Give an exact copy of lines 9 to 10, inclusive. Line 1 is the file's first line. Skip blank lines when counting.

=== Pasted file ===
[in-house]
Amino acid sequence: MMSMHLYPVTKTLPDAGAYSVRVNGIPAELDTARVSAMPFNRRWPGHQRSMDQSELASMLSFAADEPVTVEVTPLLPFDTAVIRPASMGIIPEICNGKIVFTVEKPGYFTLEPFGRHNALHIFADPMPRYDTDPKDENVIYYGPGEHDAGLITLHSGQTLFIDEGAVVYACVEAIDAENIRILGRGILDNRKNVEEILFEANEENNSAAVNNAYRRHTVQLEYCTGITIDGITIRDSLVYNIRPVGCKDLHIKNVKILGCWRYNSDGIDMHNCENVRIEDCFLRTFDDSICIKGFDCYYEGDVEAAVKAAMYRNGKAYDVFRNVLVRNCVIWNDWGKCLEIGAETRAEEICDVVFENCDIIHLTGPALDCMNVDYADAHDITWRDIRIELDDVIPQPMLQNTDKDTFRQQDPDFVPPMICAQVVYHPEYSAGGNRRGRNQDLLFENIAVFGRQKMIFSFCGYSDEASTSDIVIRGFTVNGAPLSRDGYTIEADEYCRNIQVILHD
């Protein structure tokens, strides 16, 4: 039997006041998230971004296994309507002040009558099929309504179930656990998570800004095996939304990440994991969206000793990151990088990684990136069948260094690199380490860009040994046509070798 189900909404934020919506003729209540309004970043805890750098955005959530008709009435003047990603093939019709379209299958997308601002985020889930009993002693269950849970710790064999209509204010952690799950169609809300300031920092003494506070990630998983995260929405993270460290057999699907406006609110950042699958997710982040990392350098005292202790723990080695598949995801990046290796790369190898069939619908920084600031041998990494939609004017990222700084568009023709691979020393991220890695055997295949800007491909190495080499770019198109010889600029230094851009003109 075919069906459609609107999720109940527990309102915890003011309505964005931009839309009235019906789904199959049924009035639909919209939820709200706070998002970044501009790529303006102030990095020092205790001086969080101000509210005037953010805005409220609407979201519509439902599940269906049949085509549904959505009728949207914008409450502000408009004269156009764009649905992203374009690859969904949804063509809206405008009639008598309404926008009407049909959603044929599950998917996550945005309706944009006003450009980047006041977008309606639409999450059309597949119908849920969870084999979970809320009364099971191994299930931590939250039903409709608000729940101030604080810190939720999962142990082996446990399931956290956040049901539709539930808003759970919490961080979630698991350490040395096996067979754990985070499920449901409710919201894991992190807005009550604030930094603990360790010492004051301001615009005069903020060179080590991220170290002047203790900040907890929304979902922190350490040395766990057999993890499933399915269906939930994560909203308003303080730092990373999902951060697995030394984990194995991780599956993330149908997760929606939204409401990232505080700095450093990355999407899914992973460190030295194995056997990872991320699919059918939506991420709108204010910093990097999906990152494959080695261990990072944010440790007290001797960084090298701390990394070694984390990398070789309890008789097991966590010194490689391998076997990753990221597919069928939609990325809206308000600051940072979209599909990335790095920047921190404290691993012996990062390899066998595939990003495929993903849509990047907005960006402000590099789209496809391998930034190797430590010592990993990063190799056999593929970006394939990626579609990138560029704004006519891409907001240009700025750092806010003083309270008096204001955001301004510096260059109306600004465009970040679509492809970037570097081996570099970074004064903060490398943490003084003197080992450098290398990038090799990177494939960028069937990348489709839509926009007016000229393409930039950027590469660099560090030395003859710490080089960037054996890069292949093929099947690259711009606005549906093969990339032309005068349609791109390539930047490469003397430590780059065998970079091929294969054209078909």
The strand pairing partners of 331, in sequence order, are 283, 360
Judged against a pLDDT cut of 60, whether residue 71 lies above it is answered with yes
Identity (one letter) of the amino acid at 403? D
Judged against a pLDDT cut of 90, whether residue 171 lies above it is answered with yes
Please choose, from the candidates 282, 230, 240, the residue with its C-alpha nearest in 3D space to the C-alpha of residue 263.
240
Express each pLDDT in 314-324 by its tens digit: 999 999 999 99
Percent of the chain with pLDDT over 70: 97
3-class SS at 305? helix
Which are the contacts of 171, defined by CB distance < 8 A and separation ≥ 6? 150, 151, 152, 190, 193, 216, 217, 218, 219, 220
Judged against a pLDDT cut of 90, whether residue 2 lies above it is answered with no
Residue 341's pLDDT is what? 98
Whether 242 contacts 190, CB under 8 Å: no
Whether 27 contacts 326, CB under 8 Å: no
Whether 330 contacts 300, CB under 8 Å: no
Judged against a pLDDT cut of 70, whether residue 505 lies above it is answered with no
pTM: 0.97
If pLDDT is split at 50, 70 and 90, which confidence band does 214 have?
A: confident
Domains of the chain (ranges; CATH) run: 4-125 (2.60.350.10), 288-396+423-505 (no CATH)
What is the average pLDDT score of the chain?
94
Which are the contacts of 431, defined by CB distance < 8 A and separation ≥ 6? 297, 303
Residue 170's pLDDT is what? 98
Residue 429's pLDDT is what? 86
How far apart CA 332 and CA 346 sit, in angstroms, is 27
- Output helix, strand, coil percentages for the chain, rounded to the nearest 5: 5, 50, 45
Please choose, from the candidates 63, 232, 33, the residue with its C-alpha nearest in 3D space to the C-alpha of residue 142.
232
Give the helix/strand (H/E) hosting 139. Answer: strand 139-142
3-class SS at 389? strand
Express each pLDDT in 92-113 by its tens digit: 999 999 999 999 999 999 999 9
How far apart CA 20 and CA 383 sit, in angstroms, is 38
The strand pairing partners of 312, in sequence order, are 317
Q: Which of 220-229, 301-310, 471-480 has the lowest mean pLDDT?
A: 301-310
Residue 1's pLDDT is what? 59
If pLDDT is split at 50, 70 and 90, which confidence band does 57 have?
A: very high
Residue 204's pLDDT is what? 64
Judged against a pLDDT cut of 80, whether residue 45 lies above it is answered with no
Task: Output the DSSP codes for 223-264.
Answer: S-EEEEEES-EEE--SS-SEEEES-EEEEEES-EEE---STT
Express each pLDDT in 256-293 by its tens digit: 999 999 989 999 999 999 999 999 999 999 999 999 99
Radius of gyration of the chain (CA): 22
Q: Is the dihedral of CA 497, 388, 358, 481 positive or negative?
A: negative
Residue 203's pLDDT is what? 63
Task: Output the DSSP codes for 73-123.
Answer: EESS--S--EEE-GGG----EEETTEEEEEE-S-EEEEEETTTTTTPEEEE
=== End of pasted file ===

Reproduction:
240
Express each pLDDT in 314-324 by its tens digit: 999 999 999 99